The loss of a district in reapportionment prompted the retirement of Rep. John Olver (D-MA-1). And with Frank joining him in retirement, only eight of the 10 current incumbents are seeking re-election; and all now have a single-member district in which to run. New Districts 1 and 2 are combined into a large western Massachusetts seat covering the Springfield-Chicopee metro area and stretching to the New York border through Pittsfield and Amherst. The new 1st District is safely Democratic, but Rep. Richard Neal (D-MA-2) is getting a primary challenge from former state Senator Andrea Nuciforo, currently a Berkshire County local official.

Freshman Rep. Bill Keating (D-MA-10) has decided to run in the new 9th District, despite his Quincy metro area political base being placed in Rep. Stephen Lynch’s new 8th District. Keating will probably be tested in the Democratic primary, but the eventual winner of that contest holds the seat in the general election.

Michigan

Republicans are in total control of the Michigan redistricting process, so it is no surprise that the Democrats will absorb the loss of a seat from reapportionment. The map pairs veteran Rep. Sander Levin (D-MA-12) with sophomore Gary Peters (D-MI-9) in a new, safely Democratic 9th District but the latter has chosen an alternative course to re-election. Instead of challenging Rep. Levin, Mr. Peters has announced his intention to run in the new majority black 14th District. Freshman Rep. Hansen Clarke (D-MI-13) is seeking re-election here, so this seat will host the pairing instead of District 9. Since Southfield Mayor Brenda Lawrence is also in the race, Peters believes that the African-American vote will be split between she and Rep. Clarke. Therefore, he has the potential of building a white voter coalition large enough to win a primary with a small plurality, since the state has no run-off procedure. This strategy is a long shot, and Clarke has to be rated as the early favorite.

The new 11th District of Rep. Thaddeus McCotter (R) continues in a competitive mode. He can expect serious competition in both the primary and general elections of 2012. If the Democrats do well nationally, then the 11th District could be in play. Odds are, however, the partisan swing is likely to be R+1 due only to the collapsed Democratic seat.

Missouri

As in Michigan and Massachusetts, the Missouri Democrats will also lose a seat because of reapportionment. Rep. Russ Carnahan (D-MO-3) has had his 3rd District split several ways, forcing him to seek re-election in the open 2nd District now that Rep. Todd Akin (R-MO-2) is running for the Senate. MO-2 is a Republican seat, but less so than in the previous draw. Carnahan will have strong general election opposition and is a clear underdog, especially if the top of the 2012 ticket goes Republican. All other incumbents appear to command strong re-election position. The partisan swing is likely to be R+1, with the GOP holding the 2nd District and all other incumbents retaining their new seats.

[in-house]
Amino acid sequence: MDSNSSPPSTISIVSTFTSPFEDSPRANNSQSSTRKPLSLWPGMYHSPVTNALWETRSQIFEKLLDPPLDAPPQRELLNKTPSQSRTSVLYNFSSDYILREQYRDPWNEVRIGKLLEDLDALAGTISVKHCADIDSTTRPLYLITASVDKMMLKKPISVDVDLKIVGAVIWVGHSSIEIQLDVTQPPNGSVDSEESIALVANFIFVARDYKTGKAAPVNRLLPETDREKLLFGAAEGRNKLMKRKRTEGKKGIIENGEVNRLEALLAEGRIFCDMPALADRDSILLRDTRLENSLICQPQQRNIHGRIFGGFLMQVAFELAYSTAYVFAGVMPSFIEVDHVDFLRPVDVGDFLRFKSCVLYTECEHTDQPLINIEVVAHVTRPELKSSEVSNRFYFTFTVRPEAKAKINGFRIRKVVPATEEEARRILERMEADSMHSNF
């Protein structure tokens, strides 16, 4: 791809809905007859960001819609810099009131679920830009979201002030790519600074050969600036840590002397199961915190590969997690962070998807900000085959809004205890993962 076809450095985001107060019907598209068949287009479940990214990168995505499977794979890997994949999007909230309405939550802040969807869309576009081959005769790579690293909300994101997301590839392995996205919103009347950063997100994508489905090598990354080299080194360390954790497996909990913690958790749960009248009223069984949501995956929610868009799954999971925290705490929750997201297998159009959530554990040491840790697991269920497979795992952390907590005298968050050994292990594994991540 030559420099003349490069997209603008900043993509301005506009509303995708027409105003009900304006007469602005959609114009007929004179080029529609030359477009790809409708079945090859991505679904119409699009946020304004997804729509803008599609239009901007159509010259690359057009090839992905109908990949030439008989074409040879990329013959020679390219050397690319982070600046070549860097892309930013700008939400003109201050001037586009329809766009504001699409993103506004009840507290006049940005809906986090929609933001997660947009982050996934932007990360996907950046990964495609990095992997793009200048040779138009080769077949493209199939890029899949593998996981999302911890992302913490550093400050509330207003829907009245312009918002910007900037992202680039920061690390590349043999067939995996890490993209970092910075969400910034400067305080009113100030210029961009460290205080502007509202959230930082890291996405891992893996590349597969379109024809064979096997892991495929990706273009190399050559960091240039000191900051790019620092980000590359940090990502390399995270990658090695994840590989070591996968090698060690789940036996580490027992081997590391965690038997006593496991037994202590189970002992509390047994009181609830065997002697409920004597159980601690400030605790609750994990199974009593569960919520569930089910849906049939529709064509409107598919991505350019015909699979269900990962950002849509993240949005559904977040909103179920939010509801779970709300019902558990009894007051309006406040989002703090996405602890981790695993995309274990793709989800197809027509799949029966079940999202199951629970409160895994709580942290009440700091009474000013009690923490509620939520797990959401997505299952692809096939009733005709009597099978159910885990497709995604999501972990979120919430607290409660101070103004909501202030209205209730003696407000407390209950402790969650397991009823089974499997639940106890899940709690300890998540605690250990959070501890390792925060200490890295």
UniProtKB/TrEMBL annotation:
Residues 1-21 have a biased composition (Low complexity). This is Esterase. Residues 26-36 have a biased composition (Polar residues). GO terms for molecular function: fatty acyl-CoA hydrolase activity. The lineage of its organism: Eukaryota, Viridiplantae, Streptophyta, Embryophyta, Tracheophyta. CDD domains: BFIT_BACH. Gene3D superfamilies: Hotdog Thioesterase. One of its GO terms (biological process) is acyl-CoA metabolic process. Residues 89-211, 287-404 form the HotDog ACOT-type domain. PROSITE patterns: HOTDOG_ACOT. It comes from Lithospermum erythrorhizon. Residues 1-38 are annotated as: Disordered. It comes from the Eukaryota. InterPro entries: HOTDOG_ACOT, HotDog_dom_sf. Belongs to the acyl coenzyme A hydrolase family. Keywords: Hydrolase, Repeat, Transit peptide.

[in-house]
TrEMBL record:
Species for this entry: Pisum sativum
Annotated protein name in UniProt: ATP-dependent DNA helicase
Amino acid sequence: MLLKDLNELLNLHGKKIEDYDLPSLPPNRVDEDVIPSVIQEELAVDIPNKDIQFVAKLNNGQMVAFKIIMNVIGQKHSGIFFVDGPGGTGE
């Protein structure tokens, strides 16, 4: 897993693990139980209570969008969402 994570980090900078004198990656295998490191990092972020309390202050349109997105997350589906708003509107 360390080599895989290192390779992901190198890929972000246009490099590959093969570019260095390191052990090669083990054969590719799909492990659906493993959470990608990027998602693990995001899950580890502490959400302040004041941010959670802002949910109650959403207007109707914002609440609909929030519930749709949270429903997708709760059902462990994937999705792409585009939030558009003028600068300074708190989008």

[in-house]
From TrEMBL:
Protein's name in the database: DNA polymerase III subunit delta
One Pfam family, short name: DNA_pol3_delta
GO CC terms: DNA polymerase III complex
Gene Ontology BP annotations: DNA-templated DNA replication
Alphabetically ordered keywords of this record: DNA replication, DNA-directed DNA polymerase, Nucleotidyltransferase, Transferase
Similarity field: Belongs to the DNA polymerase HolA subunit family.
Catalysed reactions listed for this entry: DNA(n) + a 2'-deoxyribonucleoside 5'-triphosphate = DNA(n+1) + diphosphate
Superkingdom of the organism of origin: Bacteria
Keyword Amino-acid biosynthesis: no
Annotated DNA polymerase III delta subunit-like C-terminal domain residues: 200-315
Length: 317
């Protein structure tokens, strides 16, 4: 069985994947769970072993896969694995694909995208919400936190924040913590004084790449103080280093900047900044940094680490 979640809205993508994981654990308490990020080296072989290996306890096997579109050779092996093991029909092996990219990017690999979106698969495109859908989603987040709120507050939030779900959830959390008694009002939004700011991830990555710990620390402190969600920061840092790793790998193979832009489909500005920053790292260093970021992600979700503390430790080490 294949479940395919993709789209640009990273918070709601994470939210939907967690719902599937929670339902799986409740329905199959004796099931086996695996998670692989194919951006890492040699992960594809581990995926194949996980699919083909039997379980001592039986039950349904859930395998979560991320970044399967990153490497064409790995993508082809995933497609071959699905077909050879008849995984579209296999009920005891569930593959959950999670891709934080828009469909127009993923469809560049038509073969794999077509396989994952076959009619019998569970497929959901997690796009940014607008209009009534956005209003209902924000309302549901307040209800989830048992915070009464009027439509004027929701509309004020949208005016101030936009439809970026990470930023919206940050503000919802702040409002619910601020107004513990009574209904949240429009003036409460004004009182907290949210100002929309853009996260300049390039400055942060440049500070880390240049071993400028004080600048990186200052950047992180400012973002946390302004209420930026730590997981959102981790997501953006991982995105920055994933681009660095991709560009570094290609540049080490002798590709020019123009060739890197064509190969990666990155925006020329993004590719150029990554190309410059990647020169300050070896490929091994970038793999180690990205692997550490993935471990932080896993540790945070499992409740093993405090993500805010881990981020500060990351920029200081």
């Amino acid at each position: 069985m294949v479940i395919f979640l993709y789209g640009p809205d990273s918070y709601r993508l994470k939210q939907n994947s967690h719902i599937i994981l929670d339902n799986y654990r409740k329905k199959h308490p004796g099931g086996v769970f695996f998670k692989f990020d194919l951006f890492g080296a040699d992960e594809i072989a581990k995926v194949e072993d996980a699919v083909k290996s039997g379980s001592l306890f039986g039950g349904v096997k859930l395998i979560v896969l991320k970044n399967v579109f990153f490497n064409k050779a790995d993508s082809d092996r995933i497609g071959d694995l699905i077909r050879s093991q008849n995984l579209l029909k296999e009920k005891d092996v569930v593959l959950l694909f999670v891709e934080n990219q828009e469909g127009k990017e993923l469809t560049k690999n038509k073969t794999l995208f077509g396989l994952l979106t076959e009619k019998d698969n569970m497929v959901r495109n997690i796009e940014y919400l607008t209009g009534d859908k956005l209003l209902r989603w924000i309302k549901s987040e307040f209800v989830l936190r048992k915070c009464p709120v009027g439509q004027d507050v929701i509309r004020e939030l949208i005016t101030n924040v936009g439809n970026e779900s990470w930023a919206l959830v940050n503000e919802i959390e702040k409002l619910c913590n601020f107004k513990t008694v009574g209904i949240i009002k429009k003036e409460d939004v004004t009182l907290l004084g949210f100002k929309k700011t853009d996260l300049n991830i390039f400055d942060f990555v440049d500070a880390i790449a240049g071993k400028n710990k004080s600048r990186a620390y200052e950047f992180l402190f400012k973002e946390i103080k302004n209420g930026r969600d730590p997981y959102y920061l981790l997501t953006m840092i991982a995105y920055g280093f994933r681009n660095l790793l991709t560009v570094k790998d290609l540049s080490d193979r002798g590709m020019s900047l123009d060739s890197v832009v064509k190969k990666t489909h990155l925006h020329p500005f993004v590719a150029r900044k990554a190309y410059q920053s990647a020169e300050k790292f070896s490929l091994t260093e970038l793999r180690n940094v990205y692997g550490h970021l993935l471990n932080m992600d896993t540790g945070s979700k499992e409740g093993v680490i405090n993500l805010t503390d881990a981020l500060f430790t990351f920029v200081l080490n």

Nebraska

The Cornhusker State holds all three of its districts for the ensuing decade, and all should remain in the Republican column. Rep. Lee Terry’s (R) NE-2 District, which was becoming more competitive, was strengthened for him somewhat in the new draw. Expect no change in the 3R-0D delegation.

Nevada

The state gained one seat in reapportionment and the legislative process deadlocked, forcing a Nevada court to draw a de novo map. The result should produce one solid Democratic seat – Las Vegas-based District 1 that will be open and features a comeback attempt from defeated Rep. Dina Titus (D-NV-3) – one likely Republican seat – District 2 of newly elected Rep. Mark Amodei (R), but he may face a serious primary against 2010 Republican Senatorial nominee Sharron Angle – and two marginal seats. Rep. Joe Heck’s (R) 3rd District, in Nevada’s southern tail, will continue to see general election competition. The same is likely true for new District 4, which will encompass the northern part of Clark County and travel up through the center of the state. The likely result is a 2R-2D split, with Republicans holding the Amodei and Heck seats, and Democrats claiming the two open seats. Democrats should be in better position as the decade progresses, assuming demographic trends remain similar to present patterns. A 3D-1R split is also possible for 2012 if the Democrats do well in the presidential race and a sweep atmosphere occurs.

North Carolina

The Tar Heel State is the Republican counter to the Democrats’ strength in Illinois. The Dem gains likely to be realized in the Land of Lincoln will largely be neutralized here, as the GOP could gain as many as four seats. Reps. David Price (D-NC-4) and Brad Miller (D-NC-13) are paired in a new 4th District that now stretches from Raleigh south to Fayetteville. The winner of this tough intra-party campaign holds the seat in the general election. The new 13th District, now an open seat contest, will heavily favor the eventual Republican nominee. Reps. Mike McIntyre (D-NC-7), Larry Kissell (D-NC-8), and Heath Shuler (D-NC-11) are all seriously endangered and each could lose. The final swing here could be R+3 to R+4.

Oklahoma